The Goliath should have an approximate ratio of 1 : 0.566 : 0.373– This ratio is ideal for a scaled model of the Goliath, but with the size of motors and other parts, these dimensions are not realizable. Perhaps smaller parts and better cable routing could have been implemented

Goliath will not surpass a mass of 2.7688 g– This mass is ideal but could be made smaller through the use of less material. This is what we plan to do.

Fall 2016 Level 2 Electronic Sub-Requirements Analysis

By John Ocampo (Electronics and Controls Engineer)

It seems like our predecessor successfully achieved these goals through post-measurements rather than a proposed necessity. An example of this is the 2nd sub-requirement, “… not [consuming] more than 500mA and 5V” and the 5th sub-requirement, “… shall last up to 30 minutes”. These examples seem like they were measurements turned into requirements. The previous group most likely achieved these goals through prior component testing rather than planned design.

They were, however able to achieve a design requirement such as the “tracking sensors”. They created and coded a triangular system that uses the tracking sensors. In addition to that system, they also designed wings onto the Goliath which extended the range of two sensors causing an increase in the effective range or the sight of the triangular system.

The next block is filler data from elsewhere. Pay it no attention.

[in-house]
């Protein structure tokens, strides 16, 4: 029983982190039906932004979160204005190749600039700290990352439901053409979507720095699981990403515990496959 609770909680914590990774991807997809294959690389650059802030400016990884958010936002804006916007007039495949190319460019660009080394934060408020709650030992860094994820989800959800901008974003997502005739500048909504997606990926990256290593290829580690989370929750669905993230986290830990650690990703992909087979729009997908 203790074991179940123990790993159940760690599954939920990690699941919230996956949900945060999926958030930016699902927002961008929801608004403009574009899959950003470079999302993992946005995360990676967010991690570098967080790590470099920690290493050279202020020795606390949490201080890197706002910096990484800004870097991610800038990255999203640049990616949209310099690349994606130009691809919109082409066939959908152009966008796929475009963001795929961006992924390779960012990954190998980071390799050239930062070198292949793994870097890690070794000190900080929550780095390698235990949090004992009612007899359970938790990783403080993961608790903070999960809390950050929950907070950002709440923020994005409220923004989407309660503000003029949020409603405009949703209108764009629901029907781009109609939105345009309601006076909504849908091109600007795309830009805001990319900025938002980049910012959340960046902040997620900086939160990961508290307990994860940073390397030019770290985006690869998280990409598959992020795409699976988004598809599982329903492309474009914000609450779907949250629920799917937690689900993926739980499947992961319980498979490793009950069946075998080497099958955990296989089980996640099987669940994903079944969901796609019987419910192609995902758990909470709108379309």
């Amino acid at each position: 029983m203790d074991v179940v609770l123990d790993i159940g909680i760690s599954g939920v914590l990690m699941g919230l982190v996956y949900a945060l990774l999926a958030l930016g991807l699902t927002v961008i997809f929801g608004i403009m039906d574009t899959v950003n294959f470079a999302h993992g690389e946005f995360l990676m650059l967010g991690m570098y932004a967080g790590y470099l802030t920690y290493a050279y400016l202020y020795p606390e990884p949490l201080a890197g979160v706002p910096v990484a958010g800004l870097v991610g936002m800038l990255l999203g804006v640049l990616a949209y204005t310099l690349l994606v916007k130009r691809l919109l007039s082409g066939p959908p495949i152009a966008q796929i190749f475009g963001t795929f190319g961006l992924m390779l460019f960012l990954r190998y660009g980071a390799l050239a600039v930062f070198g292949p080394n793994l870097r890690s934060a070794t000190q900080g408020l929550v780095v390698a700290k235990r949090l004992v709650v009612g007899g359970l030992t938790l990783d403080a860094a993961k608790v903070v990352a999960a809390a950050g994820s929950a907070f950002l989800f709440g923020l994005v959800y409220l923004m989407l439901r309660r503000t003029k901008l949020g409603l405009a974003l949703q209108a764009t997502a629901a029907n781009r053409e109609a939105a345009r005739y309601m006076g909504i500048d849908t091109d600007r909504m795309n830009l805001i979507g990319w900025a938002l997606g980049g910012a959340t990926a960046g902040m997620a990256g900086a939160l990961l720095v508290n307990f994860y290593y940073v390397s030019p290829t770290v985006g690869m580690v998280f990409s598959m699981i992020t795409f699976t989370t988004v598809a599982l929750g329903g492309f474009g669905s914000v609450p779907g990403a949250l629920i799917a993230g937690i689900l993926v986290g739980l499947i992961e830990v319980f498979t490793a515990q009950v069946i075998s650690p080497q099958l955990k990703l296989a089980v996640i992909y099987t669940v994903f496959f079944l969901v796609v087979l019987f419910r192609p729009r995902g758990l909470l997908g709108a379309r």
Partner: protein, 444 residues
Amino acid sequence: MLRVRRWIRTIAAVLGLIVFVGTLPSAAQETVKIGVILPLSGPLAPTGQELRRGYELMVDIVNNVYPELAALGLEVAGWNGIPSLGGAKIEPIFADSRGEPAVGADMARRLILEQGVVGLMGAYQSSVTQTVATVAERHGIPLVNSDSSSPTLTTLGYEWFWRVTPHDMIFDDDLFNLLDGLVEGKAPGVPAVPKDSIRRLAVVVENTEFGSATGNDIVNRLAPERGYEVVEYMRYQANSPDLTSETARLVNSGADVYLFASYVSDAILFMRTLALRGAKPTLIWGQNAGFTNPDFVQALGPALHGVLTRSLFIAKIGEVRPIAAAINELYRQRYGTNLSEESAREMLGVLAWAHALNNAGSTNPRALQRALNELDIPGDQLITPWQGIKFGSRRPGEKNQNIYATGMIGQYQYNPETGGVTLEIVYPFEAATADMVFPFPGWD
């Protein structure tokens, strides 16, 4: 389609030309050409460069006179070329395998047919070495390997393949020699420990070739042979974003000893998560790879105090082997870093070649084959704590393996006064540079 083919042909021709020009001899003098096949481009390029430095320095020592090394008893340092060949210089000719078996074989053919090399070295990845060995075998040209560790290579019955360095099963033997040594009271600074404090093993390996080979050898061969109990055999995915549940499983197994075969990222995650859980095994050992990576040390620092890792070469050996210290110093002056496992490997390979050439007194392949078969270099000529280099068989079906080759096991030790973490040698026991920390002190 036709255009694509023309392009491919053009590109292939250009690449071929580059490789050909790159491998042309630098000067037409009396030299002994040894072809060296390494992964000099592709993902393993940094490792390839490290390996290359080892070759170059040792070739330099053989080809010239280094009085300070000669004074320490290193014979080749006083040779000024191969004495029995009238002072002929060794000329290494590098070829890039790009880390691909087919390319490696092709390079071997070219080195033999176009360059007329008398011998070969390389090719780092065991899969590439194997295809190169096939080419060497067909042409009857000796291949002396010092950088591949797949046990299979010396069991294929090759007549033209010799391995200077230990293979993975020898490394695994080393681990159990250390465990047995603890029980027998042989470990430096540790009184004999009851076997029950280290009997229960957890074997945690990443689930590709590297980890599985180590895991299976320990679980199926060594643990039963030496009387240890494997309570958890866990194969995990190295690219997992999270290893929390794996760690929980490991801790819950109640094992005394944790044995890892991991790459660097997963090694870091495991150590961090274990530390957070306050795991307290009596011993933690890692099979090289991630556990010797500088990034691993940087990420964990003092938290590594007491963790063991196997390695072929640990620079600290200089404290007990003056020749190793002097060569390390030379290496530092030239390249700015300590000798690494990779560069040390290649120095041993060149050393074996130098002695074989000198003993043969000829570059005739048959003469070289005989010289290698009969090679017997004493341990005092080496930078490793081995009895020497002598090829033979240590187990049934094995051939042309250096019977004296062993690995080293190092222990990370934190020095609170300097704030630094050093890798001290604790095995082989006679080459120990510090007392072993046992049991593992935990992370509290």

Fall 2016 Level 2 Manufacturing Sub-Requirements Analysis

By Vanessa Enriquez (Manufacturing Engineer)

The previous Goliath group project was able to meet all L2 requirements listed above, we plan to build on their success and improve the overall design in terms of size.

The Goliath should have all the grooves and contours of the actual Goliath 302 tank. This includes doors and hinges. The previous semester was successful in realizing this requirement because in researching the structure of Goliath 302, the manufacturing engineer was able to attain the blueprints to build on.

The whole Goliath should have a total of two gears on the front, two driving wheels on the rear side, and fourteen wheels in the center. Aside from the two driving wheels and gears, the tank has seven wheels on either side that mimic the 302 tank design.

The Goliath will incorporate a hinge between the top and the bottom portion of the body. This will allow easier access to the components in regards to potential modifications, installations and troubleshooting of the components. After replacing the snap on hinge between the top and bottom panels, The design incorporated a rod for easier access to the inside for troubleshooting.